Today's Google Doodle Pays Tribute to the Founder of the Girl Scouts of the Philippines
Learn more about Josefa Llanes Escoda.
(SPOT.ph) Since it started in 1998, the Google Doodle has been a fun way to learn more about milestone events, trailblazers, and even significant moments in pop culture. It's also been known to feature notable Filipinos like musician Levi Celerio or poet Francisco Balagtas. This time around, it pays tribute to a notable Filipina: Josefa Llanes Escoda, the founder of the Girl Scouts of the Philippines and advocate for women's rights and suffrage, in commemoration of her 120th birth anniversary. In today's Google Doodle, Escoda can be seen wearing a moss-green shawl with a leaf motif reminiscent of the Girl Scouts uniform, as she leads a group of young scouts on a nature trek.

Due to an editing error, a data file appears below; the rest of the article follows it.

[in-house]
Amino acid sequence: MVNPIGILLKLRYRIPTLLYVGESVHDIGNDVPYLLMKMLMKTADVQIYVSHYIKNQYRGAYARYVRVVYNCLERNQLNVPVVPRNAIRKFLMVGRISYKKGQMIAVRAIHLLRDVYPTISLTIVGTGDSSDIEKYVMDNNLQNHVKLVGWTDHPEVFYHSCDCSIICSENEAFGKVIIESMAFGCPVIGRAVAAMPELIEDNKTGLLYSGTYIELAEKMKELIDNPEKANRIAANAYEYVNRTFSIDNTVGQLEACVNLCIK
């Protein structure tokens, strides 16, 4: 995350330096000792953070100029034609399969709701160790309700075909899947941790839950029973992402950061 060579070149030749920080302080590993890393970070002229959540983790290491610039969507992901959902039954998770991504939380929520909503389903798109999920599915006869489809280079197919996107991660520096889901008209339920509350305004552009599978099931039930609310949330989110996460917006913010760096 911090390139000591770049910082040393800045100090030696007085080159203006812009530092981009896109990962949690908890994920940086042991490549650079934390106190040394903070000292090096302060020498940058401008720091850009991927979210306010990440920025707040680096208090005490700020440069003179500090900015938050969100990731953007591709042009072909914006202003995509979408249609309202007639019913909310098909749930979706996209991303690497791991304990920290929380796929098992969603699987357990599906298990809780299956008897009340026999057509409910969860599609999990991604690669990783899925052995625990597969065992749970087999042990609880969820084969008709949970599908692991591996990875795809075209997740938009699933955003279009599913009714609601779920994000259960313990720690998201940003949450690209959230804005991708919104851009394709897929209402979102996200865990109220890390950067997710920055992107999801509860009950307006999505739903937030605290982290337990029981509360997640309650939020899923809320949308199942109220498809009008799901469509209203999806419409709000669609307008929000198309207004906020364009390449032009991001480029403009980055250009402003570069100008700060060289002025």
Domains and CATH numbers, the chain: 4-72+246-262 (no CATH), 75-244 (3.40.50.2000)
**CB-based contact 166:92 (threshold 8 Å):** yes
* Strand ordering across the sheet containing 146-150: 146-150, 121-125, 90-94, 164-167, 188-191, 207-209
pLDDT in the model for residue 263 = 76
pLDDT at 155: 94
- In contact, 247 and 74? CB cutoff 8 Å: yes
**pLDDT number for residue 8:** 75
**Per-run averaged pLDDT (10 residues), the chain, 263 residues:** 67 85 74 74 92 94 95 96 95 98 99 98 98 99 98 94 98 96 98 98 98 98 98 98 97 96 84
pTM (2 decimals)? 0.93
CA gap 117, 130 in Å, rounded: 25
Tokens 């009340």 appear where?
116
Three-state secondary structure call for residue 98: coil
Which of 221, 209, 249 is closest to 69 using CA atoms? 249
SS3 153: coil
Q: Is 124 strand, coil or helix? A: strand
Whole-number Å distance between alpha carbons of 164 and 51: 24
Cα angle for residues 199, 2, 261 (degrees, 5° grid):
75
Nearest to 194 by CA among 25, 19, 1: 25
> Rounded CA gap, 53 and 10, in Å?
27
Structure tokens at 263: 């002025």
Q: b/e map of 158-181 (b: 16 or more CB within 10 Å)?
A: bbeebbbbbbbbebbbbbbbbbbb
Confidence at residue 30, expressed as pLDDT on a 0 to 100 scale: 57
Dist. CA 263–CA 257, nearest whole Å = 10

Born this day on 1898, Escoda was a philanthropist who first joined the Philippine chapter of the American Red Cross. After graduating with a master's degree in Sociology from Columbia University in 1925, she went on to found and open Boy's Town in Manila in 1937, a home for underprivileged youth. In 1940, she founded the Girl Scouts of the Philippines, and served as its first National Executive.
During World War II, Escoda and her husband Antonio Escoda worked tirelessly with the National Federation of Women's Clubs to reconnect Filipino prisoners-of-war with their families, aside from supplying them with food, clothing, and money. In June 1944, when the Japanese forces got wind of their "smuggling" activities, Escoda and her husband were arrested. She is said to have been executed in February 1945.
As a tribute to her life's work, she is depicted on the current P1,000 bill along with Vicente Lim and Jose Abad Santos, two other Filipinos who were martyred by the Japanese armed forces during the war.